Golf’s big shake-up is one step closer, with 42 of the 48 names revealed for the inaugural LIV Golf Invitational in London next week.
Remarkably, too, world number 13 and one of the biggest names in golf, Dustin Johnson, is among the entrants who will tee off at the Centurion Club, who will share the $25 million ($35 million) prize pool.
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Among the heavy list of major winners are Sergio Garcia, Louis Oosthuizen and Charl Schwartzel.
Also included are Martin Kaymer, Graeme McDowell, Ian Poulter and Lee Westwood.
Four Australians have also been included, including PGA winner Matt Jones.
Interestingly, Phil Mickelson, who hasn’t teed off since falling on his own sword after causing the biggest stir in golf history, has not been named.
That’s not to say the six-time Grand Slam winner won’t be a late inclusion, with six other names to follow over the next week, but his absence continues one of the most perplexing stories in golf.
Mickelson was forced to apologize and has since gone down to earth after it was revealed he was playing the Saudi-backed LIV golf league against the PGA Tour to try to reshape the current status quo.
“It’s scary to get involved with motherfuckers,” Mickelson said of Saudi Arabia. We know that they killed [Jamal] Khashoggi and they have a horrible record on human rights. There they execute people for being gay. Knowing all this, why would he even consider it? Because this is a unique opportunity to reshape the way the PGA Tour operates. They have been able to get by with manipulative, coercive and heavy-handed tactics because we, the players, had no recourse.”
He made a half-hearted apology, saying his “off the record” speech had been taken “out of context.”
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But since the comments hit Earth, Mickelson hasn’t played and sensationally withdrew from last month’s PGA Championship and thus missed out on a chance to defend his title.
His downfall was straight from the school of Shakespeare, having become the oldest senior champion (50) by taking home the Wanamaker Trophy.
In a statement from Johnson’s management, it was confirmed that the two-time major winner had been considering joining the LIV golf league for “the past few years”.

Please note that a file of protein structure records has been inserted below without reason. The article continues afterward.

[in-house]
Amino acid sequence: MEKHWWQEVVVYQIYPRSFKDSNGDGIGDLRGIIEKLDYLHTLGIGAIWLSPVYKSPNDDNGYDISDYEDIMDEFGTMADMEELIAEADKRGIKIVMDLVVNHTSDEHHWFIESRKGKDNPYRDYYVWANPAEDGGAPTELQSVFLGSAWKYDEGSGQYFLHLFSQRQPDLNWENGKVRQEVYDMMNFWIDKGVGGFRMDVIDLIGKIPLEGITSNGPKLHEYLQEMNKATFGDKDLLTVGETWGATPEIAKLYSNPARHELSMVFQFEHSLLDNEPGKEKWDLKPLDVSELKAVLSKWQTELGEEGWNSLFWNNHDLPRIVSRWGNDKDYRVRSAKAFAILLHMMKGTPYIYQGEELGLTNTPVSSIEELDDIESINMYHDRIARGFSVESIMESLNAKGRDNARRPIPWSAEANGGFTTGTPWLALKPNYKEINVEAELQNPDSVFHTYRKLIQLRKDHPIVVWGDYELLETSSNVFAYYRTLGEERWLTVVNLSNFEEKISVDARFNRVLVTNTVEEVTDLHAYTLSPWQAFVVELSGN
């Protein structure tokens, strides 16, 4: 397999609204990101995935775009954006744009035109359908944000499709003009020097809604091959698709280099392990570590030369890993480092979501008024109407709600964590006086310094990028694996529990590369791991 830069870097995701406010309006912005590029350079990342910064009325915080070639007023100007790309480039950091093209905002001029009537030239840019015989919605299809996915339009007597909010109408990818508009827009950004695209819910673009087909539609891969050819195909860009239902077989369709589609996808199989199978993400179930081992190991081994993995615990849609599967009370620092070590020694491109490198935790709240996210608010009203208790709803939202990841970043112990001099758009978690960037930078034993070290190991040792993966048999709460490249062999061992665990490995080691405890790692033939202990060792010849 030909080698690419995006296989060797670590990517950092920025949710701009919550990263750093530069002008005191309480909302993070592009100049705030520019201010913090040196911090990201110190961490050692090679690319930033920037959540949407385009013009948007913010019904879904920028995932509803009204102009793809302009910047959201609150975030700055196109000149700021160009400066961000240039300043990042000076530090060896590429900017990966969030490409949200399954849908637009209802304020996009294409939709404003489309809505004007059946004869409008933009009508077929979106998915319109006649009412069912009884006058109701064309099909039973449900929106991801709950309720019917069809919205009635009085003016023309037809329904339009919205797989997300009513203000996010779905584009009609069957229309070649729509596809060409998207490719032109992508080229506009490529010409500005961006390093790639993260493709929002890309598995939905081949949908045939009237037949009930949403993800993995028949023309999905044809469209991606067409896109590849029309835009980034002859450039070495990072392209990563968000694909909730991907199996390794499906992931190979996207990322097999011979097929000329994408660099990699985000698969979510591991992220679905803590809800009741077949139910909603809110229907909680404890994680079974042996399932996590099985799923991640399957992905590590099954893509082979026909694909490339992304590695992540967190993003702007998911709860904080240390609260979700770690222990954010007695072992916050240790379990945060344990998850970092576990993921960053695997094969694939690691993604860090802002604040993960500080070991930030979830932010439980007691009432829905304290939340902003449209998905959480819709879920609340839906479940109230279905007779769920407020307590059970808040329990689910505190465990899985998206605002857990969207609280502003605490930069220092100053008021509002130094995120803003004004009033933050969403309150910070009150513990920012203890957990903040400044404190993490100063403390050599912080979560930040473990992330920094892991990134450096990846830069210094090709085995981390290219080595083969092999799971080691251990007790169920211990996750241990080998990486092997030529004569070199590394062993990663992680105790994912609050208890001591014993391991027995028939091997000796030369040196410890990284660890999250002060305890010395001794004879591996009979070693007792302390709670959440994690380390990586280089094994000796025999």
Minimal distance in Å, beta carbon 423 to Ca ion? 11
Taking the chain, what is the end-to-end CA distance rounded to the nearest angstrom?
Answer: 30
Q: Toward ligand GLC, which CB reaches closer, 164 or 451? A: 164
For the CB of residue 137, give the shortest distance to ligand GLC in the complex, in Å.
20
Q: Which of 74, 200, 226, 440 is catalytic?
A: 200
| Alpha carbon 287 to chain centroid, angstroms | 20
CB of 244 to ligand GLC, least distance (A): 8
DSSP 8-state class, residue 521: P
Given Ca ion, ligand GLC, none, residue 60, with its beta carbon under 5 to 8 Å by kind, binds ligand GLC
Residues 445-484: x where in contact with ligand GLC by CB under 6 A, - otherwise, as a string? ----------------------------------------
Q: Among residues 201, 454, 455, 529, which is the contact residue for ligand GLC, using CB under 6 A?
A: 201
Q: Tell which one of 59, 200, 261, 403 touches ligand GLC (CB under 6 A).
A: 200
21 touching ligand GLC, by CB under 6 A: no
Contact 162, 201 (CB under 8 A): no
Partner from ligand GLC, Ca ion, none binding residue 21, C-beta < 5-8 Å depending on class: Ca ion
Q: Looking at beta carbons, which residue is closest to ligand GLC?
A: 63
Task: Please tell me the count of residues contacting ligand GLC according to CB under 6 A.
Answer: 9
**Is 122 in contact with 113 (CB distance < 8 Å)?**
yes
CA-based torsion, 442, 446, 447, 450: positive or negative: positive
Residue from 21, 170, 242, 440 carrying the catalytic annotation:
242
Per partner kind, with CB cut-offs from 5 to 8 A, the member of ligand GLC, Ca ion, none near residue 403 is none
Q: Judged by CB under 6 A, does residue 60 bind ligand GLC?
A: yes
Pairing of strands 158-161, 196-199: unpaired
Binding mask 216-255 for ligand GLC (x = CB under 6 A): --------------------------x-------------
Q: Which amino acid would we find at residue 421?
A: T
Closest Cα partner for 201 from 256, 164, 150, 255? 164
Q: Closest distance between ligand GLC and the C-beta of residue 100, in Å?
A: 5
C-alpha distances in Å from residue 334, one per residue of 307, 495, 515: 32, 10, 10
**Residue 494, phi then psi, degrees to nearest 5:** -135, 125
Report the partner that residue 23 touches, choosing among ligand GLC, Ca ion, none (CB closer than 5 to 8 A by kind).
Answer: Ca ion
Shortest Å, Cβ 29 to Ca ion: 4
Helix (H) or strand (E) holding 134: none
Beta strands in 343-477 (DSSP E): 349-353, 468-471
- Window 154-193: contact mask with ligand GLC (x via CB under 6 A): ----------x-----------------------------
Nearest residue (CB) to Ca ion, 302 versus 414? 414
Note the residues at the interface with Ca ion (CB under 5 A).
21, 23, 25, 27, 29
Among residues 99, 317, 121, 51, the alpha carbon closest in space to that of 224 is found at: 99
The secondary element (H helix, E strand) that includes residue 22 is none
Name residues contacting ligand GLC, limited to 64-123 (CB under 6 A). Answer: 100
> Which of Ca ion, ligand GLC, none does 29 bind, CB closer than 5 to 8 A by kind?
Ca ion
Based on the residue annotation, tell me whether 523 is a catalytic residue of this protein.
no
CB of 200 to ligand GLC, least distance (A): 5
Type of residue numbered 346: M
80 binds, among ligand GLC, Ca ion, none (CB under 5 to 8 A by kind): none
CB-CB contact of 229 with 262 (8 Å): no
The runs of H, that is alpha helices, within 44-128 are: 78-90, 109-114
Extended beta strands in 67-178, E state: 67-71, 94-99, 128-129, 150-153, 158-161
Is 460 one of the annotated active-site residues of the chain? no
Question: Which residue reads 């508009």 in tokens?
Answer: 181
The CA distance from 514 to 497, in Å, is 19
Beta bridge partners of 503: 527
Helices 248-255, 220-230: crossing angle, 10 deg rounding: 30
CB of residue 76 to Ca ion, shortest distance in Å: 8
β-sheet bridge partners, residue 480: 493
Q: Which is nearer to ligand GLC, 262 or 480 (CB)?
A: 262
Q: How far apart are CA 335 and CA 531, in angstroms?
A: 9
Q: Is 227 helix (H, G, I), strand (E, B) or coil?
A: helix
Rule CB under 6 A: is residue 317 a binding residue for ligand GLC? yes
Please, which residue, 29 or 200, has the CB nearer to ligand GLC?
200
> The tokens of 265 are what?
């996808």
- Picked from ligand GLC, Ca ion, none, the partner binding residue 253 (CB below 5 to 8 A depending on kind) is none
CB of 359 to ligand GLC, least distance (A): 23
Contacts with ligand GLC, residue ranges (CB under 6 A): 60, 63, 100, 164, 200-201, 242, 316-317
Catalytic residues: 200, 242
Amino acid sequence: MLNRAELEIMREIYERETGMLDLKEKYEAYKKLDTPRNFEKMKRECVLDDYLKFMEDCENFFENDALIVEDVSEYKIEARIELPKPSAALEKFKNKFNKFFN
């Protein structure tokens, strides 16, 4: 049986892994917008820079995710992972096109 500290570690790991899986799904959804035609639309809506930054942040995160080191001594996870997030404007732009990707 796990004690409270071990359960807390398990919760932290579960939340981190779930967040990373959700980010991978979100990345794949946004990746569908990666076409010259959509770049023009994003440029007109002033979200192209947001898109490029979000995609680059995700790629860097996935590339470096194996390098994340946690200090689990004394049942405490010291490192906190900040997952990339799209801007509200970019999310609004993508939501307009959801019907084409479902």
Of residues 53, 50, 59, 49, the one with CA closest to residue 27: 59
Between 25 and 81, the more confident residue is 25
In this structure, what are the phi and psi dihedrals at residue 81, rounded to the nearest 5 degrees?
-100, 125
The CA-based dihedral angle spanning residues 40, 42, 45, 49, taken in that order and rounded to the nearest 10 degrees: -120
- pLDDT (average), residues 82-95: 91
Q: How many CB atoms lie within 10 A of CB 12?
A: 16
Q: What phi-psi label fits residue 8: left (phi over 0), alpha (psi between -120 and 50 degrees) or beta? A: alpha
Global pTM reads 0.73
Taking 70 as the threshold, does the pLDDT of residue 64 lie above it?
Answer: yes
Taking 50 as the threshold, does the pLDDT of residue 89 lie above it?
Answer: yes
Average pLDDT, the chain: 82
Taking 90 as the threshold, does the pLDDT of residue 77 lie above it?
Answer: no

“Dustin has been eyeing the opportunity off and on for the last two years. Ultimately, he decided it was in his and his family’s best interest to pursue him,” David Winkle said of his client in a statement.
“Dustin has never had a problem with the PGA TOUR and is grateful for everything it has given him, but in the end, he felt this was too compelling to pass up.”
In addition to Jones, Australians Jediah Morgan, Wade Ormsby and Blake Windred are also included.
While making it to the tee doesn’t mean all 48 players will join the LIV Golf Invitational permanently, there’s no telling what punishment the PGA Tour and DW World Tour will mete out.
LIV CEO Greg Norman hopes the delicious money on offer will convince more of the world’s best players to join the rogue league.
“Honestly, it doesn’t matter who’s playing (initially), we’re going to host the event,” Norman said in April. “There is a first prize of $4 million ($A5.7m). I hope a boy who is ranked 350th in the world wins. He will change his life, the life of his family.
“And then some of our events will come by and the top players will see someone win $6 million, $8 million, and they’ll say ‘enough is enough, I know I can beat these guys week in and week out with my hands tied behind my back. ‘”
Here is the complete list of players (42 of 48 announced players):
Oliver Becker, South Africa
Richard Bland, England
Laurie Canter, England
Ratchanon Chantananuwat (amateur), Thailand
Hennie Du Plessis, South Africa
Oliver Fisher, England
Sergio García, Spain
Talor Gooch, United States
Branden Grace, South Africa
Justin Harding, South Africa
Sam Horsfield, England
Dustin Johnson, United States
Matt Jones, Australia
Sadom Kaewkanjana, Thailand
Martin Kaymer, Germany
Phachara Khongwatmai, Thailand
Sihwan Kim, United States
Ryōsuke Kinoshita, Japan
Chase Koepka, United States
Jinichiro Kozuma, Japan
Pablo Larrazabal, Spain
Graeme McDowell, Northern Ireland
Jediah Morgan, Australia
Kevin Na, United States
Shaun Norris, South Africa
Andy Ogletree, United States
Louis Oosthuizen, South Africa
Wade Ormsby, Australia
Adrian Otaegui, Spain
Turk Pettit, United States
James Piot (amateur), USA
Ian Poulter, England
David Puig (amateur), Spain
J C Ritchie, South Africa
Charl Schwartzel, South Africa
Hudson Swafford, United States
Hideto Tanihara, Japan
Peter Uihlein, United States
Scott Vincent, Zimbabwe
Lee Westwood, England
Bernd Wiesberger, Austria
Blake Windred, Australia